The mayors of York Region are at odds over whether to amalgamate their respective municipalities into one city.
Markham Mayor Frank Scarpitti raised the idea on Wednesday morning, sharing a statement on Twitter calling on the Government of Ontario to "consolidate all the municipalities in York Region into one city."
The region, which lies just north of the City of Toronto, is comprised of nine municipal governments -- Markham, Aurora, East Gwillimbury, Georgina, King, Newmarket, Richmond Hill, Vaughan, Whitchurch-Stoufville -- and the Regional Municipality of York.
Scarpitti argued that consolidating the towns would result in "significant" savings in both operating and capital budgets. Currently, the municipalities' combined operating expenses are roughly $4.4B, he said.
The Mayor of Markham pointed to the successful merger of Enersource, Powerstream, Horizon, and Brampton Hydro One in 2017 to create Alectra Utilities, which saved $310M in operating expenses and $110M in capital, as a prime example.
As well, Scarpitti noted that the foundation for a single city already exists, with the municipalities in York Region already benefiting from shared school boards, hospitals, healthcare, transit, and emergency services.
"The provincial government has taken bold steps restricting the City of Toronto Council and Peel Region and should be doing the same in York Region. There is no rationale for taking bold steps in other GTA cities and keeping the status quo of York Region," Scarpitti wrote.
"I am urging the provincial government to create a new streamlined governance structure for York Region. Municipalities have evolved, they deal with more complex issues, are expected to deliver more, and we need an updated governance model from the one established over 50 years ago."
However, not all of Scarpitti's peers agreed with his plan.
In statements of their own, the Mayors of Aurora, King, Newmarket, Georgina, and Whitchurch-Stoufville expressed their strong opposition to the idea of amalgamation. When contacted by STOREYS, a spokesperson for the Mayor of Vaughan, Steven Del Duca, said he was unavailable to comment.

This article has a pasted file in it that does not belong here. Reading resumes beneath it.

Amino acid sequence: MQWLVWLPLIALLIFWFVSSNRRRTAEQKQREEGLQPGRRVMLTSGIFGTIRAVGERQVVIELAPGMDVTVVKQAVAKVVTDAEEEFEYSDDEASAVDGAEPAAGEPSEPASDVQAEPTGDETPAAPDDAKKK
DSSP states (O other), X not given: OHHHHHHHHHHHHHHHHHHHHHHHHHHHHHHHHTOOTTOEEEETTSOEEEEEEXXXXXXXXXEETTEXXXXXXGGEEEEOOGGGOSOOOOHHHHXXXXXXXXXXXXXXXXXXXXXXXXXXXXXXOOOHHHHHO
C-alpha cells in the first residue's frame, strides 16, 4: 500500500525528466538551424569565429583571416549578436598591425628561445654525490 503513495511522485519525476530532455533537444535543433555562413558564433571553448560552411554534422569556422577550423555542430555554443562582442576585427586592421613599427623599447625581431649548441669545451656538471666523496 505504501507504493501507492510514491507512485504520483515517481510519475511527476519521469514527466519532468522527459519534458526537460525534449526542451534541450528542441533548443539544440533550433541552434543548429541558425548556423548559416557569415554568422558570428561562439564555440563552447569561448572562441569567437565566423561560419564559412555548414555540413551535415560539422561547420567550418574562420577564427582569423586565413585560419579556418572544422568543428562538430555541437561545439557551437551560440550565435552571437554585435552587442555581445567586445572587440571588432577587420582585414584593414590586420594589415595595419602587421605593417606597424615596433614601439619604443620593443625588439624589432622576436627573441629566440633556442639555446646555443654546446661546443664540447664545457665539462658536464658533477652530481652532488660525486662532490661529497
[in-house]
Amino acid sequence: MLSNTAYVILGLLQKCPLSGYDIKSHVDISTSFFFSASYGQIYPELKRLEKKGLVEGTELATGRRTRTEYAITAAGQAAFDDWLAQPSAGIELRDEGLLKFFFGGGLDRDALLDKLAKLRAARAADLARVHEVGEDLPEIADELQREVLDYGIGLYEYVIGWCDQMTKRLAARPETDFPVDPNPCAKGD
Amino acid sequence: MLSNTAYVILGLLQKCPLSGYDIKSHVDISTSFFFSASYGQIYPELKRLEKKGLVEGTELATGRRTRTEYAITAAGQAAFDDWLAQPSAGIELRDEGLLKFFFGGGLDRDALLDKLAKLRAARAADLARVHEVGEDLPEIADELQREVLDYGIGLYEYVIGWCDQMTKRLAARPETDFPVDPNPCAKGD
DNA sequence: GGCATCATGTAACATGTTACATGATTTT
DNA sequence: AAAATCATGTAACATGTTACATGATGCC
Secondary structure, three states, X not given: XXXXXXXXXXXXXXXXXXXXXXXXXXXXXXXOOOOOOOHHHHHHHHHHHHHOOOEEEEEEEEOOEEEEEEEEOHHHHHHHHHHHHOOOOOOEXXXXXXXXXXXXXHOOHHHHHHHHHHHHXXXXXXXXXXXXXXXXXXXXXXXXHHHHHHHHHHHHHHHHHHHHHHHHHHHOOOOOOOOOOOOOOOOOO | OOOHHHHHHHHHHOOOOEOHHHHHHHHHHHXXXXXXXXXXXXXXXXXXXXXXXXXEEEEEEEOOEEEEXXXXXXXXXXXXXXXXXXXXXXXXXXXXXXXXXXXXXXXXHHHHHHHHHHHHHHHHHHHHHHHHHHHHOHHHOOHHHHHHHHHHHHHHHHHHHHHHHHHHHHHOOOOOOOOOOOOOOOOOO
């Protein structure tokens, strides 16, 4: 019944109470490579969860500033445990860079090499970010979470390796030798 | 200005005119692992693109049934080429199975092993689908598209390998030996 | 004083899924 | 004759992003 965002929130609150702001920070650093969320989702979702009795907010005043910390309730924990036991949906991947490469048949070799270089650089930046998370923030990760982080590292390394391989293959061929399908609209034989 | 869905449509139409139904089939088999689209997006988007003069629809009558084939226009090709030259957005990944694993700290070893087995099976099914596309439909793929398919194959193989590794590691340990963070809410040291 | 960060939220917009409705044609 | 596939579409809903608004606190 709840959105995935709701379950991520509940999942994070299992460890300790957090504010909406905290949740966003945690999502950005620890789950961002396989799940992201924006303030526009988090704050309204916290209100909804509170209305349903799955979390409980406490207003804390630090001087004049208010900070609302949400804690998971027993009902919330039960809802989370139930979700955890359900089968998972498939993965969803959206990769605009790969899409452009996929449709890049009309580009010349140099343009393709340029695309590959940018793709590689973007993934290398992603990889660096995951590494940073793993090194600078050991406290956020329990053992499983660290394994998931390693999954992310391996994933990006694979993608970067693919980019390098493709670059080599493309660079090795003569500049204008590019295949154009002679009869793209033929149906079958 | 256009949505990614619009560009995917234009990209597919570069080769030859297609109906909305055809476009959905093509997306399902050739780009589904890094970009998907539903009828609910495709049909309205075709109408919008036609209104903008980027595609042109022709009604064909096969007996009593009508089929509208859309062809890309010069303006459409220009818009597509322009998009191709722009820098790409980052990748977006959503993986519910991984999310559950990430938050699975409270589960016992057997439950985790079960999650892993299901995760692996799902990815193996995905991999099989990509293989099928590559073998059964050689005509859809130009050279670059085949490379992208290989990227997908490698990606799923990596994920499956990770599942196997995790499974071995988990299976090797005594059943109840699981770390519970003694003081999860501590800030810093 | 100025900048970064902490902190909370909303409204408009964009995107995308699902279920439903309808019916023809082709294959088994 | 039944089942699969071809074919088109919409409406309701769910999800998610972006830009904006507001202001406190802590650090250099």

Meanwhile, John Taylor, the Mayor of Newmarket, noted that amalgamation would take years to execute and require the diversion of energy and resources that would be better focused on other priorities, such as homelessness and housing affordability. It would also not, as suggested, result in cost savings.
While the Mayors agreed that further efficiencies and savings are required in the region -- something they're meeting to discuss on June 15, Pellegrini revealed -- the officials asserted that York's greatest strength is the distinct identities, cultures, and priorities that exist within each municipality. Such a celebration of diversity would not exist should the towns be amalgamated into one city.
When the bill, dubbed the Hazel McCallion Act, was first announced in May, the government said it would name regional facilitators to assess whether upper-tier government "continues to be relevant" to the regions of Durham, Halton, Niagara, Simcoe, Waterloo, and York.
With the appointment of a facilitator coming soon, Scarpetti told STOREYS he felt it was important to articulate the options that are available to the region. York has been through such a process in the past, but was ultimately "left with the status quo."
"To have bold changes happen in Toronto and Peel, and have York potentially go through this exercise again and have nothing change? That's not an option," Scarpetti said.
"It's becoming increasingly challenging for municipalities to respond to the demands of the community, the demands of more senior government. Our resources are not infinite. And our issues are more complex than they were 50 years ago... Ultimately, we're going to see some kind of change."
It seems, though, that that change will not be the amalgamation of York Region.
During an unrelated press conference on Thursday morning, Ontario Premier Doug Ford said his government wouldn't support Scarpetti's proposal without a consensus from the remaining mayors.
"We just aren’t in favour of it. This is up to all the mayors. It’s not up to one mayor to go out there and say, you want to build your empire," Ford told reporters.
"We listen to the people. We listen to all the mayors. So we aren’t doing it."